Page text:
February 19, 2006

Our Email System is Thrashing

I am getting increasingly worried about the volume of emails that circulate amongst academics.

I'm not talking about the "Oh this is so funny you must see this!" emails, nor the "Do not open any email entitled Virus Warning" virus warnings (hoax or otherwise). I'm not talking about spam emails (we have filters that work, pretty much). I'm not talking about the "important message from the vice-Chancellor's office: the VC has a dental appointment on Friday morning and will not be available then", nor am I talking about the emails where the sender should have replied to an individual rather than the whole list. I am not talking about multiple forwards of the same email, nor am I talking about being randomly cc:ed into someone else's conversation.

I'm not talking about messages that shouldn't have been sent in the first place. I'm talking about legitimate messages concerning academic affairs. There's just so damn many of them.

There's too much to deal with. We can't cope. Too many messages arrive per day, and as we can't deal with them all as they come in, we end up putting messages aside to come back to later. The percentage of messages that are getting lost in people's inboxes is rising. Academics are resorting to extreme measures to deal with email. One colleague came back from a conference to find 600+ messages in his inbox, and promptly deleted the entire inbox, saying "If it's important, they'll email me back". Some colleagues resort to hibernation, with auto-reply messages conveying that they won't be able to respond to email for a while. Others adopt the strategy of never replying to email, requiring you to repeatedly try phoning them in the hope of contacting them.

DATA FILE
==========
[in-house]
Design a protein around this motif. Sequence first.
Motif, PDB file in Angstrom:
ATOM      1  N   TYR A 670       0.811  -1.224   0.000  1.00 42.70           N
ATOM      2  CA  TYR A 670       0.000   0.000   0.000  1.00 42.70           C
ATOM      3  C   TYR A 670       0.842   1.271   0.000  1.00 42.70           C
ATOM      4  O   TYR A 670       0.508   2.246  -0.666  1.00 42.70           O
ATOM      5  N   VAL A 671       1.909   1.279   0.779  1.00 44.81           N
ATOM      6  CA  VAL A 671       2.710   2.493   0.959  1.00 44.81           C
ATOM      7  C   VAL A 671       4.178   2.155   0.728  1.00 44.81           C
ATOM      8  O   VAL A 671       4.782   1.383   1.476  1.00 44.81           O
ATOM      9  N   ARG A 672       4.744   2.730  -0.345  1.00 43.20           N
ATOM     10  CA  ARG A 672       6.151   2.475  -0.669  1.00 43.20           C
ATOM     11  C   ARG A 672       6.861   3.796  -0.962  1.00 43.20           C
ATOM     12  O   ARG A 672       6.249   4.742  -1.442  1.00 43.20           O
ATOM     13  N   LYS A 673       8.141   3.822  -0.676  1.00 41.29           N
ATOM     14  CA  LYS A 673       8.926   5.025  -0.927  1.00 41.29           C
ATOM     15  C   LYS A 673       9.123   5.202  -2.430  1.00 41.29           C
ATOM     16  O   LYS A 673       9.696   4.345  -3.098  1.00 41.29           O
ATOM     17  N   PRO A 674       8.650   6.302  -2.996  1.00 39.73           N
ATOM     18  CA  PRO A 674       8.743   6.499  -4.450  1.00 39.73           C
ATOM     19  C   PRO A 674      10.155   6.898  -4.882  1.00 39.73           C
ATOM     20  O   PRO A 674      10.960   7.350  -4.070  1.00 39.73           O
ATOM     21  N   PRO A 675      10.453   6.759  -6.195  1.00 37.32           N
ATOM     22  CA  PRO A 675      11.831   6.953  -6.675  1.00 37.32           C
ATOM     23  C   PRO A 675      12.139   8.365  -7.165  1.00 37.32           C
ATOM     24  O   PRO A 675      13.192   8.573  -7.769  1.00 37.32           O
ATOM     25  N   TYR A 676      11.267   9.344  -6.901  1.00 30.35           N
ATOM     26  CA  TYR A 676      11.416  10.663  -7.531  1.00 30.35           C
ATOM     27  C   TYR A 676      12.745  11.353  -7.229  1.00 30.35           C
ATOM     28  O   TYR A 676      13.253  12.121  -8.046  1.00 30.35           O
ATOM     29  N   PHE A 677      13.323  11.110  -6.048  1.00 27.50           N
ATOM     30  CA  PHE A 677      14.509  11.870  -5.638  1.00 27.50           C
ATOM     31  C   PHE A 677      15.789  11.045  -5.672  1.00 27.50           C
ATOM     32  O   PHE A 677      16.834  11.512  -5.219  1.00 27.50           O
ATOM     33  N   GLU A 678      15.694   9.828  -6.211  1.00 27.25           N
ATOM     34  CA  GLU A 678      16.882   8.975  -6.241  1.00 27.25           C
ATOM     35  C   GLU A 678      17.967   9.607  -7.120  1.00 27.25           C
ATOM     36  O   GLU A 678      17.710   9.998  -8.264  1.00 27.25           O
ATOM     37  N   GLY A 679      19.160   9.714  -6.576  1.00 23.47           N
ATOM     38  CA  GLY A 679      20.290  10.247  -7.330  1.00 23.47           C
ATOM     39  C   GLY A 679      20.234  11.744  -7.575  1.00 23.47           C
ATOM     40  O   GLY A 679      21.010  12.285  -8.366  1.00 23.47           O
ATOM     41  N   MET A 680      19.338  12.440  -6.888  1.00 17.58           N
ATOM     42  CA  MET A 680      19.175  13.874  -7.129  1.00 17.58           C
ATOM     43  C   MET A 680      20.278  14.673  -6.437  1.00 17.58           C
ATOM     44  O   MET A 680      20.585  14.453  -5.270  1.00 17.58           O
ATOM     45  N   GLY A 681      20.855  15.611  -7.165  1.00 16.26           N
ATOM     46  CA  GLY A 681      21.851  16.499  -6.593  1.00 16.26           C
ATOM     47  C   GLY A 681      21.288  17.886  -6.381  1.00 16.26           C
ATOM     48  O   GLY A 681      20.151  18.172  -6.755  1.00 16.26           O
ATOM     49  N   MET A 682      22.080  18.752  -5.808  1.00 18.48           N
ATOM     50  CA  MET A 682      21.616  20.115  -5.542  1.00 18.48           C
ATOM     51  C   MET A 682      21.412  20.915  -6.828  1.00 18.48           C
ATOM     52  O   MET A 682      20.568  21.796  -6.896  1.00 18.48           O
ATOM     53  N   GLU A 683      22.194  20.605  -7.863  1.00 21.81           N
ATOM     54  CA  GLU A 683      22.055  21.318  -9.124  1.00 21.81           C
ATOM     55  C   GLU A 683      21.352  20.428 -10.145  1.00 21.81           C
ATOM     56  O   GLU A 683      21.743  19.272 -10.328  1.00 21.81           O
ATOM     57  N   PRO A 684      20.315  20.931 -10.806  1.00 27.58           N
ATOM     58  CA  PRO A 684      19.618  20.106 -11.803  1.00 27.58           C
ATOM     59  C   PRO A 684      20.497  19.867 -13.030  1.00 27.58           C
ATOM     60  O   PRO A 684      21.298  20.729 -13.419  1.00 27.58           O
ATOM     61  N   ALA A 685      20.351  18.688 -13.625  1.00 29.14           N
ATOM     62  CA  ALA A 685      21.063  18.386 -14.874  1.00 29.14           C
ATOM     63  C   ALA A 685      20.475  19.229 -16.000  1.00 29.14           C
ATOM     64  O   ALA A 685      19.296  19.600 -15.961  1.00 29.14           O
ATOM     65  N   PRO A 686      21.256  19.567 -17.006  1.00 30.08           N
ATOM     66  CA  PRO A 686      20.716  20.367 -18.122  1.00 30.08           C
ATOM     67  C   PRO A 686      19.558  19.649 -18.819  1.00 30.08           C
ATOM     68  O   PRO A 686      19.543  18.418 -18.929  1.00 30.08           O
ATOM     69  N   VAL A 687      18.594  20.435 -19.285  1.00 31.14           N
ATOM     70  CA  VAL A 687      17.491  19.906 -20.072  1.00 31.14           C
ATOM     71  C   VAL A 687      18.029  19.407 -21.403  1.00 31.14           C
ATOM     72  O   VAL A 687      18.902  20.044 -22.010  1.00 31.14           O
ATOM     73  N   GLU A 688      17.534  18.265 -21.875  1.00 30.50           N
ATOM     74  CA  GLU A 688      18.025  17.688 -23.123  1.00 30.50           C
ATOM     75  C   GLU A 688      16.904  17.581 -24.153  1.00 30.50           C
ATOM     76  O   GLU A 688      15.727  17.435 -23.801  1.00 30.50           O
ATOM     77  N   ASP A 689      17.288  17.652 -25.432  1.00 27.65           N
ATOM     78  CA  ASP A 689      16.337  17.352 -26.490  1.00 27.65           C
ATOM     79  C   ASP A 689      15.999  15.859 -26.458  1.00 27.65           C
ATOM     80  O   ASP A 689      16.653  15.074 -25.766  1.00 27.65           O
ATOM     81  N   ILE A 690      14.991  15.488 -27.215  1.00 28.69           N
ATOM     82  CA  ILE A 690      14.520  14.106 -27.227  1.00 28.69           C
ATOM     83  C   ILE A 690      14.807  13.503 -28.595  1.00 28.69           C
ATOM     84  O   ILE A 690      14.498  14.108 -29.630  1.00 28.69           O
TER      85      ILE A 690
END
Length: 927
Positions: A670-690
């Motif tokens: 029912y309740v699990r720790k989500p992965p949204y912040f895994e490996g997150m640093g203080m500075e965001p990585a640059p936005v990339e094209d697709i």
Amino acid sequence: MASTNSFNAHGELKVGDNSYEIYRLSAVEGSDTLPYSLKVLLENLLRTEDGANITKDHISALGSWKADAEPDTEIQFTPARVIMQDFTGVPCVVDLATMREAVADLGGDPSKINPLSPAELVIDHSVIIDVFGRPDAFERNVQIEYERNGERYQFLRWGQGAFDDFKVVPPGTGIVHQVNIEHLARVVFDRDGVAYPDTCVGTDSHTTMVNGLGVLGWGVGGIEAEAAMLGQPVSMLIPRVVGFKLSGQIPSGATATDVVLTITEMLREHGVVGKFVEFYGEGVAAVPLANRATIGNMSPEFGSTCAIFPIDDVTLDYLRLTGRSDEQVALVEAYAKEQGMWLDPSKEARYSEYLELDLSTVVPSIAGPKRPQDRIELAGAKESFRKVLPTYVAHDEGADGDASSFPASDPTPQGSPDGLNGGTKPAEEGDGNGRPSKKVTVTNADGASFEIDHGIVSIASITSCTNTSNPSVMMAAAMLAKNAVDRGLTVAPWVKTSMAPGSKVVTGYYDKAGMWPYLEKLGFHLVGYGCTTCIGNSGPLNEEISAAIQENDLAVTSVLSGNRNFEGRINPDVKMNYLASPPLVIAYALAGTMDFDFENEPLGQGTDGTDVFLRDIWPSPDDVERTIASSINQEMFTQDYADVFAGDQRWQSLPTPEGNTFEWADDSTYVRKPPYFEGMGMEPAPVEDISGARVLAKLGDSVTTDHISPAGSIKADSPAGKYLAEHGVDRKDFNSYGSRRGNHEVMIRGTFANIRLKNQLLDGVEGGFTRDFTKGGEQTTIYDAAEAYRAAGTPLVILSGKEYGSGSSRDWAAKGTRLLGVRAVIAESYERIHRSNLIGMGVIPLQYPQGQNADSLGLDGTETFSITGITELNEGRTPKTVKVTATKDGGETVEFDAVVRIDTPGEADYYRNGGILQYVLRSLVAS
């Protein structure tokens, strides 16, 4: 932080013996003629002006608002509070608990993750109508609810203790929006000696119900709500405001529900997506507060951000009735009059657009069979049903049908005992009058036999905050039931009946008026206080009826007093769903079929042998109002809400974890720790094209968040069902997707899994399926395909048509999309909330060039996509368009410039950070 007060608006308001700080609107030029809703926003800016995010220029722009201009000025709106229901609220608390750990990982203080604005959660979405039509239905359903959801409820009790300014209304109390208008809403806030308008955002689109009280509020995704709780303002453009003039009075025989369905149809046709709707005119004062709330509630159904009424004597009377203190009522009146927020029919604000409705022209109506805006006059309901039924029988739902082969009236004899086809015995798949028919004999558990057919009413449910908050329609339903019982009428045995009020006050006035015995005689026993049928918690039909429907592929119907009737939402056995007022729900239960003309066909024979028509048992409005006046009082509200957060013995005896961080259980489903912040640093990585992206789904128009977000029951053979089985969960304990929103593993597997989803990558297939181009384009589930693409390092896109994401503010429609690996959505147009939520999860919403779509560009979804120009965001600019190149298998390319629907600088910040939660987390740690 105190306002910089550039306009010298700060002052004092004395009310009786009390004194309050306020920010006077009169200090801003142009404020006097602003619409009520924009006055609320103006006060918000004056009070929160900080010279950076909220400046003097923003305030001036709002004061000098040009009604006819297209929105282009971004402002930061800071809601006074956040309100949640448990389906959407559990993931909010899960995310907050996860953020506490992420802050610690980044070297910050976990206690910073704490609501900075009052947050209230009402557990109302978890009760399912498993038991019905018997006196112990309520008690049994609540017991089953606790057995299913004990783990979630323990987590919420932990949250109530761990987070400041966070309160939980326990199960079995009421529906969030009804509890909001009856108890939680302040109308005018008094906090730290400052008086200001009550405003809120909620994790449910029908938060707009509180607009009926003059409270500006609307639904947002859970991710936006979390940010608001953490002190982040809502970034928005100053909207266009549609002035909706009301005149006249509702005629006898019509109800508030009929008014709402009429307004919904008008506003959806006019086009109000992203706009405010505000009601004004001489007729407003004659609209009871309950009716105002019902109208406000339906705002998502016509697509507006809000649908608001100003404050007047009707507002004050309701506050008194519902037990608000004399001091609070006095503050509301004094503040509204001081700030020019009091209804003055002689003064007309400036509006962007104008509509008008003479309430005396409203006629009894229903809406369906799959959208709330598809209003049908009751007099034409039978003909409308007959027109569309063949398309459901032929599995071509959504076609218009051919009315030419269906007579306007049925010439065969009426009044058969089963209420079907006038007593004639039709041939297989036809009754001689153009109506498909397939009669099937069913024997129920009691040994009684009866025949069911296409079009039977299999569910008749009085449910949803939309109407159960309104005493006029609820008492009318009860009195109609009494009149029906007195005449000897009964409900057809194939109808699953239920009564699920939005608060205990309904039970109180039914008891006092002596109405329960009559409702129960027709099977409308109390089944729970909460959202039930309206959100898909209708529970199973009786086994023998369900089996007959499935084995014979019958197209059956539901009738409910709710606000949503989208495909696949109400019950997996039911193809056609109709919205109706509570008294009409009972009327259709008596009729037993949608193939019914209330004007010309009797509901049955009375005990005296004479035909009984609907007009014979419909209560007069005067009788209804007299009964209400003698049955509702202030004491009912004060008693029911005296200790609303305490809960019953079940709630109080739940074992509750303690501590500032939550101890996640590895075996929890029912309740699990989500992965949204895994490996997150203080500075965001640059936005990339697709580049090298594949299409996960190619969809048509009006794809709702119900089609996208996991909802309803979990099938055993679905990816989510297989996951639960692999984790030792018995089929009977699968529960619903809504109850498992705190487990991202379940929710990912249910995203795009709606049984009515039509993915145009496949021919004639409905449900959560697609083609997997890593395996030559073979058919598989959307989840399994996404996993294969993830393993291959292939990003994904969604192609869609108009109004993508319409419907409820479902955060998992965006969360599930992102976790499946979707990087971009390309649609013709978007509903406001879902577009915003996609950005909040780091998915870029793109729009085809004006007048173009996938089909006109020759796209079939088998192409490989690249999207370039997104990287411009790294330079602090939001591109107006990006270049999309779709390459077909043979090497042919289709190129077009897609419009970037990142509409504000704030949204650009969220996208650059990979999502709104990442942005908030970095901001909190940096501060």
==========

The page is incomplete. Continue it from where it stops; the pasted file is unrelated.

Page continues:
This is all increasing the amount of communication we have to deal with. My colleague who deleted his entire inbox not only meant that people had to contact him again, but they also had to realise that their message didn't get through in the first place (no he didn't tell them). Messages buried or delayed in inboxes just means we have to try harder to contact everyone. Because we have so much email, we're having to resort to extra means to try and deal with that email.

Computing academics have a term for this kind of behaviour: thrashing. From the Free On-Line Dictionary of Computing (FOLDOC):

thrashing ==>

To move wildly or violently, without accomplishing anything useful. Paging or swapping systems that are overloaded waste most of their time moving data into and out of core (rather than performing useful computation) and are therefore said to thrash.

This perfectly describes what's going on. We're wasting more and more time trying to move our communications into other people's core focus, rather than doing something useful. The scary thing is, that on a computer, when thrashing occurs, the performance of the system plummets. I can see this happening to email too. The trouble is we can't just go and get a higher-performance brain.

February 01, 2006

The Sound of Death

One of my colleagues owns a mobile phone. If the battery of her mobile phone starts to die, then it makes a beep, and after a while it gives another sort of a beep, every so often. The problem is, this sort of beep is the exact same sort of beep that gets made by a computer whose hard disk is about to die a heat death.

So she's sitting in her office, and hears this beep. She goes into panic mode, searching frantically for a DVD or CD on which to make some backups, can't find one, tries the tech support staff, can't find one of them around, hears another beep, gets even more frantic, rushes off to try and find ... only to hear another of these beeps, coming from her handbag. At which point she realises it's her mobile phone....